Silverlight stat quotes

Wall Street Journal had an article today, and it has already been picked up at Seeking Alpha and other sites. Here is the line which sounded strange to me:

“Adobe’s Flash player is installed on about 98% of Internet-connected PCs, and Silverlight is only installed on about 25%, according to Adobe and Microsoft.”

The first part is okay — it’s a rare computer which doesn’t have Adobe Flash Player 9 or better already installed, and almost everybody already has H.264 support — it’s the “SL at 25%” which was news to me, particularly when attributed to Adobe.

Closest match I’ve seen was the equivocal “Over 1 in 4 computers on the Internet now have some version of Silverlight installed” quote from Scott Guthrie last month. shows SL2 support at 10% on the general sites they sample.

I checked with my partners here this morning, and the Adobe speakers apparently did not offer such a Silverlight quote. Best guess is that the sentence would be more clearly phrased as “Adobe’s Flash Player 9 is installed on about 98% of Internet-connected PCs, according to Adobe, and some version of Silverlight is only installed on about 25%, according to Microsoft.”

Whether 10% or 25% doesn’t matter much in the larger scheme of things — the core question is “What does it cost your audience to use?”, and we’ve only seen new Player apps start to spontaneously appear when up above 80% existing consumer support. In case you were wondering about the WSJ quote or its echoes, it seems to be a typo.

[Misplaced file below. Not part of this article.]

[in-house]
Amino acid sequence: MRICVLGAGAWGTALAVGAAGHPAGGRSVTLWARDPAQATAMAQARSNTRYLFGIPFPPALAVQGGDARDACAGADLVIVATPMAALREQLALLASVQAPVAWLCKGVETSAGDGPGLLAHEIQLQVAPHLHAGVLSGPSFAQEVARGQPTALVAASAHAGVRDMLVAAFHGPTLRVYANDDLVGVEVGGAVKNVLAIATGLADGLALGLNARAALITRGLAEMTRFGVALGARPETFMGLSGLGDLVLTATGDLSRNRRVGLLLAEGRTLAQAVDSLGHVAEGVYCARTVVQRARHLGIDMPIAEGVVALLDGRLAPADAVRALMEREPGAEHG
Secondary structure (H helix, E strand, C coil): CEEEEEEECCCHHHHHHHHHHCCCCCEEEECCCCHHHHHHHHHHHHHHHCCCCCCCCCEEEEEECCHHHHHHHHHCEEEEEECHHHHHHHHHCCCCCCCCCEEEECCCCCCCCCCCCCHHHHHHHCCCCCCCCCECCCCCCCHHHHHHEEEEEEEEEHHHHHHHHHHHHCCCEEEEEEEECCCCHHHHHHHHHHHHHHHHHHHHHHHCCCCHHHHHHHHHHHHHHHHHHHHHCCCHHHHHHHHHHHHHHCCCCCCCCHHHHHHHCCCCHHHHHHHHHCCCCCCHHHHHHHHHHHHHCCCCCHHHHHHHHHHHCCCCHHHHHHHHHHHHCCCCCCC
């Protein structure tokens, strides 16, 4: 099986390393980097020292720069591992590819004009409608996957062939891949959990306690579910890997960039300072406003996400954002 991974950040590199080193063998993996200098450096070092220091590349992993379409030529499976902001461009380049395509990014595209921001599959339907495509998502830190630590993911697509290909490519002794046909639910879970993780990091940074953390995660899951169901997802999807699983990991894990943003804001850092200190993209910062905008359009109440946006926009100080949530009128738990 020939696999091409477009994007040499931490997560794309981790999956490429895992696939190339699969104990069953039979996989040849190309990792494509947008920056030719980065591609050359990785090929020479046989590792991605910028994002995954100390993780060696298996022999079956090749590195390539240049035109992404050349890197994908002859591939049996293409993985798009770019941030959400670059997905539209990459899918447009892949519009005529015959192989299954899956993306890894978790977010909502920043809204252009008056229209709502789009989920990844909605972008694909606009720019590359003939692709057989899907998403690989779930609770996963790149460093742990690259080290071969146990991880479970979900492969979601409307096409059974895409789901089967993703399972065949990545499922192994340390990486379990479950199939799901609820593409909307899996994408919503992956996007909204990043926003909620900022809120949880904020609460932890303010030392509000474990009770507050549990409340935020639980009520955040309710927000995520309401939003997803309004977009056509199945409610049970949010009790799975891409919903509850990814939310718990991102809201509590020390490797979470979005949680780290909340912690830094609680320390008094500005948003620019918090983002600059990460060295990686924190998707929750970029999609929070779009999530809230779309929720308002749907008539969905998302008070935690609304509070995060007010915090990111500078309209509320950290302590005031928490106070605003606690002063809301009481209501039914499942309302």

There’s also an interesting bit on the pay-for-play angles of trophy-site adoption: “When CBS Corp.’s college sports group decided to build its Web site using Silverlight earlier this year, Microsoft chipped in free development and support that ‘reduced our costs tremendously,’ said Tom Buffolano, the CBS business unit’s former chief. A CBS spokesman declined to comment.”

Summary: No big thing, but we didn’t say it was such a big thing, in case you were wondering…. 😉

5 Responses to Silverlight stat quotes

  1. Zeh says:

    I needed that kind of information a month ago and couldn’t find any reliable source either after days of search. Here’s some additional reading though, some third-party analysis:
    17.6%, with no mention of version.
    MS really needs to start measuring that kind of stuff. My guess is that they won’t do that so soon though and will prefer to use vague quotes like that – I mean, there’s NO source mentioned or even hinted at in Scott’s post.
    Nobody expects a deep penetration so soon in the game so I don’t think the 15%-ish numbers are that bad, but that MS prefers to hide the reality is not really surprising and a sad indication of how MS still sees developers.

  2. Mihai says:

    It depends a lot on what site is measured:
    Looks like about 62% of the C++/.NET developers have Silverlight installed.
    And you need programmers to write the first wave of compelling application before you attract regular users…

  3. Dan Rayburn says:

    There is no source mentioned for Adobe’s market share numbers either. Lets not take this out of context. Both Microsoft and Adobe give out very generic market share and install numbers without providing any of the data behind where those numbers come from, let alone giving users the ability to review that data. They don’t break out market share by vertical and don’t say how many installs are unique.
    Both companies have been doing this for years. Adobe can’t say Microsoft’s numbers are questionable and Microsoft can’t say Adobe’s are questionable when both companies are doing the exact same, vague reporting.